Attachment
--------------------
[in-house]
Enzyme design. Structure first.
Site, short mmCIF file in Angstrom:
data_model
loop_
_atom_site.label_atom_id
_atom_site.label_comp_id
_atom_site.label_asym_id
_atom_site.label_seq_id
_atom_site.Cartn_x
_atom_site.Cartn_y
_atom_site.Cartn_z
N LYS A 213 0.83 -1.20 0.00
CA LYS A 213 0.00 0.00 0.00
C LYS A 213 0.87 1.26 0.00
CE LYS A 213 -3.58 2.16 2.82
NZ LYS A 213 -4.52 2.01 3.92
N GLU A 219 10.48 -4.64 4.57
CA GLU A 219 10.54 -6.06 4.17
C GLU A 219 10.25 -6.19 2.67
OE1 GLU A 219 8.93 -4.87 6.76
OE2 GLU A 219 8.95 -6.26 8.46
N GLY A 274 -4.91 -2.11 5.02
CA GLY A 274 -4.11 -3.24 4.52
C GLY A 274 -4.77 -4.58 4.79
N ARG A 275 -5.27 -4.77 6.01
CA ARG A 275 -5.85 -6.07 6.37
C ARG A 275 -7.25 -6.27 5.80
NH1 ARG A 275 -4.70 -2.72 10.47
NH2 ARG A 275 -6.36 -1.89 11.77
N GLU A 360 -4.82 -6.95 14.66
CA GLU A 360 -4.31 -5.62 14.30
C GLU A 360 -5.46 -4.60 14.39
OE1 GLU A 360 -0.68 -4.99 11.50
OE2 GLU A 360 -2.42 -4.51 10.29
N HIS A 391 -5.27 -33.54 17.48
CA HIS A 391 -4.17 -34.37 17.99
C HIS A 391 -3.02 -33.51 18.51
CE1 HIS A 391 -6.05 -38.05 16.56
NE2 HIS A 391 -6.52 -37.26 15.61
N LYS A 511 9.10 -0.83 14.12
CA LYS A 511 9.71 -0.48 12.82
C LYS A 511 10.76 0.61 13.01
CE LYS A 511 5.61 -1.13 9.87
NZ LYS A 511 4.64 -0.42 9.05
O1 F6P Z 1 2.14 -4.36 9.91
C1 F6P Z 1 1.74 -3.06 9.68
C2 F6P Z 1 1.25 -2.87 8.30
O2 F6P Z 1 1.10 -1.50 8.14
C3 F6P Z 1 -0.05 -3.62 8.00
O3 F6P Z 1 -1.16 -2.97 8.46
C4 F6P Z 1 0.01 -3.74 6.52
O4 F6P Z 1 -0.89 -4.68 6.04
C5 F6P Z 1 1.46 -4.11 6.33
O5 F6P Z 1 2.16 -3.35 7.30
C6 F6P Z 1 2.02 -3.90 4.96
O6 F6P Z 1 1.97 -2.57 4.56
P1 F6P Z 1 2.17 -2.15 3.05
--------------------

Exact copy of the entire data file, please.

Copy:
[in-house]
Enzyme design. Structure first.
Site, short mmCIF file in Angstrom:
data_model
loop_
_atom_site.label_atom_id
_atom_site.label_comp_id
_atom_site.label_asym_id
_atom_site.label_seq_id
_atom_site.Cartn_x
_atom_site.Cartn_y
_atom_site.Cartn_z
N LYS A 213 0.83 -1.20 0.00
CA LYS A 213 0.00 0.00 0.00
C LYS A 213 0.87 1.26 0.00
CE LYS A 213 -3.58 2.16 2.82
NZ LYS A 213 -4.52 2.01 3.92
N GLU A 219 10.48 -4.64 4.57
CA GLU A 219 10.54 -6.06 4.17
C GLU A 219 10.25 -6.19 2.67
OE1 GLU A 219 8.93 -4.87 6.76
OE2 GLU A 219 8.95 -6.26 8.46
N GLY A 274 -4.91 -2.11 5.02
CA GLY A 274 -4.11 -3.24 4.52
C GLY A 274 -4.77 -4.58 4.79
N ARG A 275 -5.27 -4.77 6.01
CA ARG A 275 -5.85 -6.07 6.37
C ARG A 275 -7.25 -6.27 5.80
NH1 ARG A 275 -4.70 -2.72 10.47
NH2 ARG A 275 -6.36 -1.89 11.77
N GLU A 360 -4.82 -6.95 14.66
CA GLU A 360 -4.31 -5.62 14.30
C GLU A 360 -5.46 -4.60 14.39
OE1 GLU A 360 -0.68 -4.99 11.50
OE2 GLU A 360 -2.42 -4.51 10.29
N HIS A 391 -5.27 -33.54 17.48
CA HIS A 391 -4.17 -34.37 17.99
C HIS A 391 -3.02 -33.51 18.51
CE1 HIS A 391 -6.05 -38.05 16.56
NE2 HIS A 391 -6.52 -37.26 15.61
N LYS A 511 9.10 -0.83 14.12
CA LYS A 511 9.71 -0.48 12.82
C LYS A 511 10.76 0.61 13.01
CE LYS A 511 5.61 -1.13 9.87
NZ LYS A 511 4.64 -0.42 9.05
O1 F6P Z 1 2.14 -4.36 9.91
C1 F6P Z 1 1.74 -3.06 9.68
C2 F6P Z 1 1.25 -2.87 8.30
O2 F6P Z 1 1.10 -1.50 8.14
C3 F6P Z 1 -0.05 -3.62 8.00
O3 F6P Z 1 -1.16 -2.97 8.46
C4 F6P Z 1 0.01 -3.74 6.52
O4 F6P Z 1 -0.89 -4.68 6.04
C5 F6P Z 1 1.46 -4.11 6.33
O5 F6P Z 1 2.16 -3.35 7.30
C6 F6P Z 1 2.02 -3.90 4.96
O6 F6P Z 1 1.97 -2.57 4.56
P1 F6P Z 1 2.17 -2.15 3.05